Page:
Unfinished projects bring Carpenter into council race<br>
The scale that was placed at the transfer station last year is a project Carpenter is proud of. The cost to use the transfer station is based on the actual amount of trash left behind. Vehicles are weighed on the scale prior to emptying trash. When a customer is leaving the transfer station, the vehicle is weighed again to determine exactly how much trash was left at the transfer station. Prior to the installation of the scale, city staff estimated the fee customers paid based on viewing the contents of the vehicle.
“With the scale, we can charge what the service is really worth, which produces revenue,” Carpenter said. “The result is less negative figures at the transfer station.”
Projects Carpenter wants to see completed in the future include the completion of the Dogtown III well, the completion of the recreation center master plan and the construction of new water processing and wastewater treatment plants. As the owner of Quality Water — a company that specializes in water processing and wastewater treatment consulting services — Carpenter is well versed in water issues, he said.
“The biggest issue facing Williams now is the same as it was four years ago — water,” said Carpenter.
Developers coming to Williams must step up and provide their own water, he said.
“Our citizens remain stressed over water issues. Any developers should provide their own water. If they are not required to do so, it is a slap in the face to the people of Williams,” Carpenter said.
The current city council members have agreed that developers must come to the area prepared to create their own infrastructure with no subsidies provided by the city. All proposed project plans that come before the city council are closely examined, he said.
“The council stands on their own feet. No concessions are provided to developers,” Carpenter said. “Past councils have made concessions. The council must stand firm.”
Businesses Carpenter would like to see in Williams include light manufacturing accompanied with decent pay. Williams should not grow beyond 5,000 residents and growth should not be encouraged until water issues have been resolved, Carpenter said.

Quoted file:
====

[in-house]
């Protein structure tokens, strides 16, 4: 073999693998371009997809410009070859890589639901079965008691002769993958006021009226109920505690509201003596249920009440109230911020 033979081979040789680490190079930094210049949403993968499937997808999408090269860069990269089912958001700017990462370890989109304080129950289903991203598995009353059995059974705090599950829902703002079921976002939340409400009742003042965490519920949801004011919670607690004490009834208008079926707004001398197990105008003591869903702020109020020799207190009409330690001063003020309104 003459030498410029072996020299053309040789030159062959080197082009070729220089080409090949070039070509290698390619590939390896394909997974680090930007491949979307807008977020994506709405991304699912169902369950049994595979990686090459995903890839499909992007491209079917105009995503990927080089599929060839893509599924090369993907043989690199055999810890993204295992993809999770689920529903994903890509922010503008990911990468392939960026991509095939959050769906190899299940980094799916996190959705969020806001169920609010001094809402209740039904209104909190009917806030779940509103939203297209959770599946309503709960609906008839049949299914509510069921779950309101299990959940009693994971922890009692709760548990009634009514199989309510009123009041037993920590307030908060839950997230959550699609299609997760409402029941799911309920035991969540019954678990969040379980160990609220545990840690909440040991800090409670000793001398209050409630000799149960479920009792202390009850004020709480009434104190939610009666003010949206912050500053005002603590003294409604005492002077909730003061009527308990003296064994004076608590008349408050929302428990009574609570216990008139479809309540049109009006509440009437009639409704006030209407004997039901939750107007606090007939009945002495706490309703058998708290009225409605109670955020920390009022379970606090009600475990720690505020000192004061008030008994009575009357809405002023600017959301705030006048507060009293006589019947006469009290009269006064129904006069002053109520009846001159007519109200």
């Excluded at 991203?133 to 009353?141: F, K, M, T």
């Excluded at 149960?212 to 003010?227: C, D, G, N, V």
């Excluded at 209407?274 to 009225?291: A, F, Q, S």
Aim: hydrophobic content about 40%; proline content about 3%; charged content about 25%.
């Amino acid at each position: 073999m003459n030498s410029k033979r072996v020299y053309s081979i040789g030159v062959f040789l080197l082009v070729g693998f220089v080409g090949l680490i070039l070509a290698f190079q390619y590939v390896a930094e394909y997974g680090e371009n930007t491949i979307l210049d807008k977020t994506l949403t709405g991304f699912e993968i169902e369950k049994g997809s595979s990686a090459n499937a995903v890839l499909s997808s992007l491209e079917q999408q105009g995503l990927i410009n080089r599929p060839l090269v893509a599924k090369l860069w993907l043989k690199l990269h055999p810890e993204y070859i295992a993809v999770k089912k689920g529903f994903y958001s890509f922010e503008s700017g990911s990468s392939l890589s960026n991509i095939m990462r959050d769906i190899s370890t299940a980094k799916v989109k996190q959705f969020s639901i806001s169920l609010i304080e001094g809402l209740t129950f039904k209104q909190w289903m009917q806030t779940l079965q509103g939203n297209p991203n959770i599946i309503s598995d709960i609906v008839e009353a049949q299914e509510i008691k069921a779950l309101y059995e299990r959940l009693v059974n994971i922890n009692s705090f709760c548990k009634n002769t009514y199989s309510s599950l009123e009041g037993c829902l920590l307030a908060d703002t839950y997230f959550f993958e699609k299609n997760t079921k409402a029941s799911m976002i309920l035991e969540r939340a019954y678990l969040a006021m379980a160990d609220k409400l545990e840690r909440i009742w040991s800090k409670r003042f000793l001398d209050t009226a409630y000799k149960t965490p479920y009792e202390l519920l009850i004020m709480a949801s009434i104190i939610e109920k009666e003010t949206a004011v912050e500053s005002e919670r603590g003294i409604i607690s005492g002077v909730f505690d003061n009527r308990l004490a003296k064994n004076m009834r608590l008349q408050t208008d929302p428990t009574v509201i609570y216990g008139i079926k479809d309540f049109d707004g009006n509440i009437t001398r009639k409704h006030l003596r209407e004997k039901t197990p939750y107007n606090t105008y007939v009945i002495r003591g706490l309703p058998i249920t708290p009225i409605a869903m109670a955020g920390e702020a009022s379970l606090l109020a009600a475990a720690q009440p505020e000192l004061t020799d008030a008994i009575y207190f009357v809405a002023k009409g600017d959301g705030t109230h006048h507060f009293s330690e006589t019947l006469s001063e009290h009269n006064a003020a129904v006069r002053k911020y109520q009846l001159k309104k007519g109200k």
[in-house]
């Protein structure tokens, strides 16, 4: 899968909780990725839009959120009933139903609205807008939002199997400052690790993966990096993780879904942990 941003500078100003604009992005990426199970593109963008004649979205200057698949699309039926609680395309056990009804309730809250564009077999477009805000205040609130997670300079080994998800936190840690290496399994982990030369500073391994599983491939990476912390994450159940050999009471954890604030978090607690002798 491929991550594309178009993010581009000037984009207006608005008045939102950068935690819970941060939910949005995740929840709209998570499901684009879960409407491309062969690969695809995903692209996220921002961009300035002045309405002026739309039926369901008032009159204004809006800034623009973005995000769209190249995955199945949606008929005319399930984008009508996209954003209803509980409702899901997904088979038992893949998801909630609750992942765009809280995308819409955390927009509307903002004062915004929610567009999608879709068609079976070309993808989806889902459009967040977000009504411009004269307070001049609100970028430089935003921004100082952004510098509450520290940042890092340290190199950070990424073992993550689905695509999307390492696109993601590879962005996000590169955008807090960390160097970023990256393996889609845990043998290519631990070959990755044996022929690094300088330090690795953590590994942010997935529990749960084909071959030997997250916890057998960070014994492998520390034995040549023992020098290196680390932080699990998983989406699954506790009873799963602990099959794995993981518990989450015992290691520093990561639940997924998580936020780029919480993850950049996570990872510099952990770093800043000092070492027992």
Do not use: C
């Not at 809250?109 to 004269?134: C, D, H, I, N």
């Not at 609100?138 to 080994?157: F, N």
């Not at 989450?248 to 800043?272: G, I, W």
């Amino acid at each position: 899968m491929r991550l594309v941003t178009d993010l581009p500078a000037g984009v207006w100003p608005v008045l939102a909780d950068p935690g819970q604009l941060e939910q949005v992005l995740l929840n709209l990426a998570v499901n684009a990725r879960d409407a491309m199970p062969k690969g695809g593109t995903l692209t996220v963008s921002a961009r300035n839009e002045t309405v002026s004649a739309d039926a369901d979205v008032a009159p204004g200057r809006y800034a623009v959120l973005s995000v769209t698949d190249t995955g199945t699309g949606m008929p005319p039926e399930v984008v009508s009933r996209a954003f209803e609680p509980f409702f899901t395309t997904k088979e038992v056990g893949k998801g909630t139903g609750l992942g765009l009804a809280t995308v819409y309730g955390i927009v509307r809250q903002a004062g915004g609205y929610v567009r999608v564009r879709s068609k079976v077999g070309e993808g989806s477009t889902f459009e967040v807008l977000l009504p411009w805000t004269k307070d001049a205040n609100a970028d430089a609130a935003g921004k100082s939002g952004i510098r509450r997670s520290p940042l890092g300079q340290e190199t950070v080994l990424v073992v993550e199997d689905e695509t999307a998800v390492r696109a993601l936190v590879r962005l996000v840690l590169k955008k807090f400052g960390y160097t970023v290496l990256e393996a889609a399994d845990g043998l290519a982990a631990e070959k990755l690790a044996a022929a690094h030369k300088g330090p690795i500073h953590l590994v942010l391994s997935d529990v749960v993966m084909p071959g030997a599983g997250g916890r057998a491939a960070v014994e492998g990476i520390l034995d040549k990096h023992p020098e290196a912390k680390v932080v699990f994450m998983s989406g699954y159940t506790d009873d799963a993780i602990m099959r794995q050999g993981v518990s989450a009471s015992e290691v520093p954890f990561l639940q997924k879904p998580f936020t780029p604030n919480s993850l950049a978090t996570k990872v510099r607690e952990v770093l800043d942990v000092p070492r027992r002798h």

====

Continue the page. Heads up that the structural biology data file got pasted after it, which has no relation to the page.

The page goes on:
“Williams has the right ingredients not to become Flagstaff or Prescott,” he said. “I live in Williams because it is small. Any town that has a Wal-Mart in it is too large for me.”
Because the economy of Williams relies on tourism and many local businesses are related to tourism, it is important for tourism promotions to remain a priority, Carpenter said.
“People are taking shorter trips and not flying. Developing regional marketing in areas close to Williams such as Las Vegas, Los Angeles and Phoenix is necessary,” he said.
More tourist-oriented festivals and activities are needed to attract and extend visitors’ stays in the area, Carpenter said.
“Williams has always been a tourist town and will always be a tourist town. We need to promote what we have,” he said.
Although Carpenter says current council members don’t always agree on issues, they work very well together.
“On a scale of one to ten, I’d give our current council an eight,” he said. “We have a low number of citizen complaints and those are dealt with in a positive way.”
While he would like to see more citizens attend city council meetings, Carpenter says the council’s “open door policy” allows citizens to communicate with council members in an informal setting. Voting in local elections is one of the most important vehicles citizens can utilize in becoming involved in government.
“I would like to thank everyone for their support during the last four years,” Carpenter said. “Vote in the election; if not for me, vote for someone else. The important thing is to vote.”